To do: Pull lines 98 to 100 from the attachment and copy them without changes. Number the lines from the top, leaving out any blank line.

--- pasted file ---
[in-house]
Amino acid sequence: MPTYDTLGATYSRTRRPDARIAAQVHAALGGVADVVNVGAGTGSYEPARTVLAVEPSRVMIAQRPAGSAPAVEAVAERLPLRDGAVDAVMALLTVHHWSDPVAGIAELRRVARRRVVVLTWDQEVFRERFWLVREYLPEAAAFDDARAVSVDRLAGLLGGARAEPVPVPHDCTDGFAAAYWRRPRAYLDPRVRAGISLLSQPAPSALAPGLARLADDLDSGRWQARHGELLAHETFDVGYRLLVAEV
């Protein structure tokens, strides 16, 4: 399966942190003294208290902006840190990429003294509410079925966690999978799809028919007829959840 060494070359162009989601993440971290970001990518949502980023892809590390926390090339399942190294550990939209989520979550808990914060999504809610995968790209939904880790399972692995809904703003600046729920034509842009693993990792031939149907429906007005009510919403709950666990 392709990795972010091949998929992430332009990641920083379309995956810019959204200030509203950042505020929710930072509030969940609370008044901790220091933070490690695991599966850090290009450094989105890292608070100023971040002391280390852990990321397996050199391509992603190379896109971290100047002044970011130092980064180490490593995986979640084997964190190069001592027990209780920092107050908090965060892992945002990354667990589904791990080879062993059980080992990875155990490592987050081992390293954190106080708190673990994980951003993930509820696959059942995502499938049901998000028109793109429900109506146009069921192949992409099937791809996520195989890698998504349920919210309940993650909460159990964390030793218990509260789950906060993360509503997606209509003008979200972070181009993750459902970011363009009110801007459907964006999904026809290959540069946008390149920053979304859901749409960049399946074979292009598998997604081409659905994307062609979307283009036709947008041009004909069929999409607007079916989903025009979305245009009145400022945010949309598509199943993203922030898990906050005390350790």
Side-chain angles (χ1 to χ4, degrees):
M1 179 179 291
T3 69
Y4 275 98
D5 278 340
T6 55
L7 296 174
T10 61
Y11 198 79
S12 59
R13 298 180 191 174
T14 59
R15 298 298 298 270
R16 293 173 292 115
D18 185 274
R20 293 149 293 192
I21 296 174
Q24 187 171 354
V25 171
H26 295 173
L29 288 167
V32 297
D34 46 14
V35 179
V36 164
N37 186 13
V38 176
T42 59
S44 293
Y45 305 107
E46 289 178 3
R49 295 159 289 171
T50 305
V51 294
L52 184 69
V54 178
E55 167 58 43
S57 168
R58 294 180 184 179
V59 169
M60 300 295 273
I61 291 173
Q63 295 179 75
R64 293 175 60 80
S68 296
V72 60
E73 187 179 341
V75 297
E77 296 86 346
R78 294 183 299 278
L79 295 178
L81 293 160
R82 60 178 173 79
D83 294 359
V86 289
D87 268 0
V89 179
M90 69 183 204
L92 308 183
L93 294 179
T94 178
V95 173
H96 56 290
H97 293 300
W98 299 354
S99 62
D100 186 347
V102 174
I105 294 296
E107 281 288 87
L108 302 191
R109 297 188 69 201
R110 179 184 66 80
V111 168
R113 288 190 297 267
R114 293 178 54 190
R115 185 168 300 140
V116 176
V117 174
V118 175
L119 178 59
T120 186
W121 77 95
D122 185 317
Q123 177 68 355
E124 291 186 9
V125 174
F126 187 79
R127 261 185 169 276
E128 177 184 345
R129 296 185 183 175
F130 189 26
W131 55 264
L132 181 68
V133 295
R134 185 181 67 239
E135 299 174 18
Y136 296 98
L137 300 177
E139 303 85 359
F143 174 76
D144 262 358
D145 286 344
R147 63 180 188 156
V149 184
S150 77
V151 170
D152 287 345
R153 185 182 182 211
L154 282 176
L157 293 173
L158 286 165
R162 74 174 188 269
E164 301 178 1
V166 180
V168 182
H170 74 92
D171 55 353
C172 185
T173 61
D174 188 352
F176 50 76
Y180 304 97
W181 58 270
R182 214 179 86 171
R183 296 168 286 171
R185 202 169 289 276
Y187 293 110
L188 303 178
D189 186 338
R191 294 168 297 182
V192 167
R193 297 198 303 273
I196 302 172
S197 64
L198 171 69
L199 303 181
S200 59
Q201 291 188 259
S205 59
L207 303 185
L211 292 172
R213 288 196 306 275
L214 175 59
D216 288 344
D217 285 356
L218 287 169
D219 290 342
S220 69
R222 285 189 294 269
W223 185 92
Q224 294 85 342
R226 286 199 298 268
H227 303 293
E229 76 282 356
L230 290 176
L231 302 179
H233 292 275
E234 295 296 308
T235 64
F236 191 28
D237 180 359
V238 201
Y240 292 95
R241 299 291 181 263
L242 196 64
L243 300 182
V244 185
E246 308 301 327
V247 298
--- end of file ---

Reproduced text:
V133 295
R134 185 181 67 239
E135 299 174 18